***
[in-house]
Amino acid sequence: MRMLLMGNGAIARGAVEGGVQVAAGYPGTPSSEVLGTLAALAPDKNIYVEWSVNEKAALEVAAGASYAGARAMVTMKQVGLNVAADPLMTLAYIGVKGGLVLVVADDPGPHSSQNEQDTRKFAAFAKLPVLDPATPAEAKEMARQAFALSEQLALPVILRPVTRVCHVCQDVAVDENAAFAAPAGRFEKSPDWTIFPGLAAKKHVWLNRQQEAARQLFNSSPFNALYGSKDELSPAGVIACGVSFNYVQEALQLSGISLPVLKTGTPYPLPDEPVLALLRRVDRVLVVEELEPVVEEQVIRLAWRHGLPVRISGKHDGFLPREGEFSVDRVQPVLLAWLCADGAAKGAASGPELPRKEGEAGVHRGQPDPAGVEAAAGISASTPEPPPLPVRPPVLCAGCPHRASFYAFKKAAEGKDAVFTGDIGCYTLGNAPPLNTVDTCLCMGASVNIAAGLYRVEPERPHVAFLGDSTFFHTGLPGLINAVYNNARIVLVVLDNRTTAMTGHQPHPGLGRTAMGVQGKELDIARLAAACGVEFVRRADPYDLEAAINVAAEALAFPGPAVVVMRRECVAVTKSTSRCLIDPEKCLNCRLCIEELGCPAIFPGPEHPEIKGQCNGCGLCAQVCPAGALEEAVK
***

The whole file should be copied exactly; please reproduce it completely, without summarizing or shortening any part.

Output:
[in-house]
Amino acid sequence: MRMLLMGNGAIARGAVEGGVQVAAGYPGTPSSEVLGTLAALAPDKNIYVEWSVNEKAALEVAAGASYAGARAMVTMKQVGLNVAADPLMTLAYIGVKGGLVLVVADDPGPHSSQNEQDTRKFAAFAKLPVLDPATPAEAKEMARQAFALSEQLALPVILRPVTRVCHVCQDVAVDENAAFAAPAGRFEKSPDWTIFPGLAAKKHVWLNRQQEAARQLFNSSPFNALYGSKDELSPAGVIACGVSFNYVQEALQLSGISLPVLKTGTPYPLPDEPVLALLRRVDRVLVVEELEPVVEEQVIRLAWRHGLPVRISGKHDGFLPREGEFSVDRVQPVLLAWLCADGAAKGAASGPELPRKEGEAGVHRGQPDPAGVEAAAGISASTPEPPPLPVRPPVLCAGCPHRASFYAFKKAAEGKDAVFTGDIGCYTLGNAPPLNTVDTCLCMGASVNIAAGLYRVEPERPHVAFLGDSTFFHTGLPGLINAVYNNARIVLVVLDNRTTAMTGHQPHPGLGRTAMGVQGKELDIARLAAACGVEFVRRADPYDLEAAINVAAEALAFPGPAVVVMRRECVAVTKSTSRCLIDPEKCLNCRLCIEELGCPAIFPGPEHPEIKGQCNGCGLCAQVCPAGALEEAVK